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Whooping Cough, a highly contagious disease of respiratory tract

 
  By : , ,       2.7.2018         Mail Now
 
 
 
 

What is Whooping Cough (Pertussis)?

Pertussis, also known as whooping cough, is a highly contagious disease of the respiratory tract caused by Bordetella pertussis, a bacteria that lives in the mouth, nose, and throat.

Symptoms of Whooping cough

Many children who contract Pertussis have coughing spells that last four to eight weeks. The disease is most dangerous in infants and spreads easily from person to person, mainly through droplets produced by coughing or sneezing.

The first symptoms generally appear 7 to 10 days after infection, and include mild fever, runny nose, and cough, which in typical cases gradually develops into a paroxysmal cough followed by whooping (hence the common name of whooping cough).

In youngest infants, the paroxysms may be followed by periods of apnoea. Pneumonia is a relatively common complication; seizures and encephalopathy occur more rarely. Untreated patients may be contagious for three weeks or more following onset of the cough. Pertussis can be prevented by immunization.

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Prevention through Vaccination

For several decades, infant immunization programmes around the world have been highly successful in using pertussis vaccines of documented quality to prevent severe pertussis in infants. WHO estimates that in 2008 global vaccination against pertussis prevented approximately 687 000 deaths.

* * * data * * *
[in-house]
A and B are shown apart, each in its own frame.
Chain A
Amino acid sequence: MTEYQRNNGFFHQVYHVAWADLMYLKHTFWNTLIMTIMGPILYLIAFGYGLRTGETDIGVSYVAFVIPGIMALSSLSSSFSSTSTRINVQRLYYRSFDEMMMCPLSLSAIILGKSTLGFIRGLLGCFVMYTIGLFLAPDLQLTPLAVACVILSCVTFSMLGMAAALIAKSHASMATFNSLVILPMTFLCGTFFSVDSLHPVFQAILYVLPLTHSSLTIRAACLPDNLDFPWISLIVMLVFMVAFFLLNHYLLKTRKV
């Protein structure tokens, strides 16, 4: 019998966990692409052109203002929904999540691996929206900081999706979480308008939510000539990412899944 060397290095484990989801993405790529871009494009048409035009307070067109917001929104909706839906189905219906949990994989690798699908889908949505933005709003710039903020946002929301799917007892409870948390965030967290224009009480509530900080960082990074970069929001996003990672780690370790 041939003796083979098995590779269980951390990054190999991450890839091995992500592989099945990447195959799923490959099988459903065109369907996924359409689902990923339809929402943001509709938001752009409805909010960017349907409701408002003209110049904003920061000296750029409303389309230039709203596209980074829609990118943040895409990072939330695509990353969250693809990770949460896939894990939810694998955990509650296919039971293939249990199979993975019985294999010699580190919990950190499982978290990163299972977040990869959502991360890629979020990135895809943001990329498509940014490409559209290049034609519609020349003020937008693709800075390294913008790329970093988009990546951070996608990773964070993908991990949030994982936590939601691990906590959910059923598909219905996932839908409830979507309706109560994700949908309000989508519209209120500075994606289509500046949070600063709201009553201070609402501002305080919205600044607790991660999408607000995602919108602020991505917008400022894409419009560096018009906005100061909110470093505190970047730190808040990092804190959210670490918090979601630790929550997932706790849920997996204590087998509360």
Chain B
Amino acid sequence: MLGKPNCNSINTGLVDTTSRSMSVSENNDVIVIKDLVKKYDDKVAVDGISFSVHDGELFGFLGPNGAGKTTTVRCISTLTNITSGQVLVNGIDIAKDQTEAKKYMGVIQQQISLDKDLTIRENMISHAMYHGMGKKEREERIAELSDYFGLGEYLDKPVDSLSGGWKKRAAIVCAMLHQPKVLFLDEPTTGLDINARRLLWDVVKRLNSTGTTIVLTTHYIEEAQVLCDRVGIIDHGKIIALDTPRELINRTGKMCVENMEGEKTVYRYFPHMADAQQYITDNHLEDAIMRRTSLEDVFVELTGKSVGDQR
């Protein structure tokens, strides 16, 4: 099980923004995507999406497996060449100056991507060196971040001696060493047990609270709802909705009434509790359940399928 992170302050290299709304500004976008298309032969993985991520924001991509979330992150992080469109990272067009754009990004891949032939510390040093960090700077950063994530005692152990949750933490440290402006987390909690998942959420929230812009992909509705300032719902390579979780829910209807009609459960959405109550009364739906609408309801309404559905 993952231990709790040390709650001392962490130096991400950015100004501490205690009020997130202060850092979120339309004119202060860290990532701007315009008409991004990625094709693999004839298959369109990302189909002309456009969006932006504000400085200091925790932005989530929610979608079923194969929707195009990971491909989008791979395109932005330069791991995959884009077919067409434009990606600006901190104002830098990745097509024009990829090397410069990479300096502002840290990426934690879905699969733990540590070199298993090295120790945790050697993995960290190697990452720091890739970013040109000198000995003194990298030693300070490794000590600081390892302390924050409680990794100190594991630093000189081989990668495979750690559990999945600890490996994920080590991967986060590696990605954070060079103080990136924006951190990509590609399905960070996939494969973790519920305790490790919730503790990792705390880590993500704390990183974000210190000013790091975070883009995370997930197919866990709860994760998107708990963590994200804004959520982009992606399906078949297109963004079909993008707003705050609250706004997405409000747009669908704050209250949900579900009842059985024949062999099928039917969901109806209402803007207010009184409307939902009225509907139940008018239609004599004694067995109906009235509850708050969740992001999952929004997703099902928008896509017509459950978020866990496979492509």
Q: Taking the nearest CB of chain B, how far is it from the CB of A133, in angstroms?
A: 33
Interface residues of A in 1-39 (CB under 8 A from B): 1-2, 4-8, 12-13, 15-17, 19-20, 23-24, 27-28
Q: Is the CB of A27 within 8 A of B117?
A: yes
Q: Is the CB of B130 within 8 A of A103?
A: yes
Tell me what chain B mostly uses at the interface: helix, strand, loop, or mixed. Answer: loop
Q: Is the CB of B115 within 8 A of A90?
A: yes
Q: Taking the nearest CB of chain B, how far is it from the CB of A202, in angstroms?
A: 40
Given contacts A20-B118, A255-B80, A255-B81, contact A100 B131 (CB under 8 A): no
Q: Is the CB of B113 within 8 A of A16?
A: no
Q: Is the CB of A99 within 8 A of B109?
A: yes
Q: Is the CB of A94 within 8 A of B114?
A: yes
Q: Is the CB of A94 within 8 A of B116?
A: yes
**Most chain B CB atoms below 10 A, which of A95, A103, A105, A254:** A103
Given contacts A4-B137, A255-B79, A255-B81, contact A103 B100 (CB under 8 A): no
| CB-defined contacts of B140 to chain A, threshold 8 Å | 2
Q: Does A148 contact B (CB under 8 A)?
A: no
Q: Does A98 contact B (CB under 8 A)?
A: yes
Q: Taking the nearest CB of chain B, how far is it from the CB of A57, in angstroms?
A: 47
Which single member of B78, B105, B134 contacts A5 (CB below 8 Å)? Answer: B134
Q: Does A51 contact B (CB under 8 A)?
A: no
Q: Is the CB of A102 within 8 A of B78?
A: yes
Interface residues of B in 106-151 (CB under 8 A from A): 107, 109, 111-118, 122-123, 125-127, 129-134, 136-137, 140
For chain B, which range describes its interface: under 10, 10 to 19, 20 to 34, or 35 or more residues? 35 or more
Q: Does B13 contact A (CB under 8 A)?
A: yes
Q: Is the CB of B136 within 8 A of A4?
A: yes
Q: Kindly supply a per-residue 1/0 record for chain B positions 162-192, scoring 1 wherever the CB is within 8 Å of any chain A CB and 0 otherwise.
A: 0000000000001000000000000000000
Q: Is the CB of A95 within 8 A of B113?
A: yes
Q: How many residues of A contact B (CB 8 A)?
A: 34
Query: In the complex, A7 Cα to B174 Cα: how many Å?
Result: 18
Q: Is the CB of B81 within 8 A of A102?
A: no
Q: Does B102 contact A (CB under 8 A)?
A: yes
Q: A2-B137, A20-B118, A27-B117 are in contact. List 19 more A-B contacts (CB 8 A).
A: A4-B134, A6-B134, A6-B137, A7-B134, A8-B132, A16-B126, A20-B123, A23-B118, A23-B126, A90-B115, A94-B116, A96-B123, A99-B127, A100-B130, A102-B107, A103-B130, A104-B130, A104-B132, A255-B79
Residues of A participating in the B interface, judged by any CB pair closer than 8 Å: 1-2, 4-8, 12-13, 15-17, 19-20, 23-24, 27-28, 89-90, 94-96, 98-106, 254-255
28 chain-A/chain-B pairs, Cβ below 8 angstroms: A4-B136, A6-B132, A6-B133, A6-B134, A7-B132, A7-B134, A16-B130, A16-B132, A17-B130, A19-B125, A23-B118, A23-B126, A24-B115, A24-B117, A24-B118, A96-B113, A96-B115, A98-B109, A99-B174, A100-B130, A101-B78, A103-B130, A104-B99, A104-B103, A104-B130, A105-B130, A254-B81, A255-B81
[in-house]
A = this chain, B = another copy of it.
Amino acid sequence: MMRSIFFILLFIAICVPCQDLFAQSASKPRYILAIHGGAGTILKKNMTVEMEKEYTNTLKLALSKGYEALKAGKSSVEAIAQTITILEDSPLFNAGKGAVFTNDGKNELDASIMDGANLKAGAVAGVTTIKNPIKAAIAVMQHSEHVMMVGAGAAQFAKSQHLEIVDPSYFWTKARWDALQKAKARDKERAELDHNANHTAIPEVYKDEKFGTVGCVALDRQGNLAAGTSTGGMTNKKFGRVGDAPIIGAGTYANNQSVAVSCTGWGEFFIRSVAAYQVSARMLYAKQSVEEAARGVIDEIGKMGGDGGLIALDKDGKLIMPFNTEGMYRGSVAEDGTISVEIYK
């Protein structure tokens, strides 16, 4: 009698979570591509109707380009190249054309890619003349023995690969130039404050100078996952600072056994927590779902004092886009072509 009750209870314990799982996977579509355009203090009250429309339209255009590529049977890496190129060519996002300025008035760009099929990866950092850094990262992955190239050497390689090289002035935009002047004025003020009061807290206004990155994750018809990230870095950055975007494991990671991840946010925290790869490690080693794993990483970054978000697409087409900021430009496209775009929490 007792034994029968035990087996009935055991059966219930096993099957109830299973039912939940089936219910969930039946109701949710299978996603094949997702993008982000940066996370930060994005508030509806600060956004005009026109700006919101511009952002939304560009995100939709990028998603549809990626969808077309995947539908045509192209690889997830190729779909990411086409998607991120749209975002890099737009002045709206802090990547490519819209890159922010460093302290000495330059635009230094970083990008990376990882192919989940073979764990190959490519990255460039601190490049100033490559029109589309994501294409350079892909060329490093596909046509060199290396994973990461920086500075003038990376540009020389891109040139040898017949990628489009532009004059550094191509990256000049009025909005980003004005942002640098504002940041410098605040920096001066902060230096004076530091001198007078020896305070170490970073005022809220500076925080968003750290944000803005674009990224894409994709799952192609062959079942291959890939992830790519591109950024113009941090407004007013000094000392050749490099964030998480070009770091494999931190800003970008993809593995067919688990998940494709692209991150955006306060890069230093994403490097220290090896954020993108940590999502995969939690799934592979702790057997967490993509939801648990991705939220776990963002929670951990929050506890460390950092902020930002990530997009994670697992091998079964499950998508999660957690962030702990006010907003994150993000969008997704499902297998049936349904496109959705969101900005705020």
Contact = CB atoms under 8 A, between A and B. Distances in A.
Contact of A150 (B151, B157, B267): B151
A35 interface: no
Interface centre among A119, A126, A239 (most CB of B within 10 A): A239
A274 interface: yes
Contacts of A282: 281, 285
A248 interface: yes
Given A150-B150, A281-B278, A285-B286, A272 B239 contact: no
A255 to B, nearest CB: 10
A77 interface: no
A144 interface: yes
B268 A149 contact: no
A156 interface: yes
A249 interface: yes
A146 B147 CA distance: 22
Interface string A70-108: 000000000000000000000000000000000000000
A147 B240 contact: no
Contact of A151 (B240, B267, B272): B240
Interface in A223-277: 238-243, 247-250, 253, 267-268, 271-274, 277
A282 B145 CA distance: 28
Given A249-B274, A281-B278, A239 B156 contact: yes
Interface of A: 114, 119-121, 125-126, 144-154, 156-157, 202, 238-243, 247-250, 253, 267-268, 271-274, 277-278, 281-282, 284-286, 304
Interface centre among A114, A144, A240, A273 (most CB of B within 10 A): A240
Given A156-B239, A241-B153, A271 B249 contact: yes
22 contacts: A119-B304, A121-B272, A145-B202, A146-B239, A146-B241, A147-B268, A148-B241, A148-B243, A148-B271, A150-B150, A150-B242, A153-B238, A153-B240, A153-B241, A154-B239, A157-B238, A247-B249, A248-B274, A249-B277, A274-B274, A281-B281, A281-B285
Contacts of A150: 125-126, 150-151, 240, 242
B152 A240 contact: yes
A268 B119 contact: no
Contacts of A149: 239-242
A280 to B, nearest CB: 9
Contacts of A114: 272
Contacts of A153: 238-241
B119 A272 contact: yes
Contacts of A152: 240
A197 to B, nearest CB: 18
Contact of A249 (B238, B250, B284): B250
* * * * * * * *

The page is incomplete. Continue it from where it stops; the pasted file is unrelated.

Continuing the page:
The main aim of pertussis vaccination is to reduce the risk of severe pertussis in infancy. The ongoing priority of immunization programmes worldwide is to vaccinate at least 90 percent of infants with three doses of high-quality pertussis vaccine.

WHO recommends the first dose be administered as early as 6 weeks of age; with subsequent doses given 48 weeks apart, at age 1014 weeks and 1418 weeks.

Although vaccination can prevent pertussis in adolescents and adults, there is insufficient evidence that vaccine boosters in these age groups can reduce severe pertussis in infants. When a country implements a programme for adults, vaccination of health care workers should be prioritized, especially those with direct contact with pregnant mothers and infant patients.

Vaccination of pregnant women is likely to be the most cost-effective additional strategy for preventing disease in infants too young to be vaccinated and appears to be more effective and favourable than cocooning.

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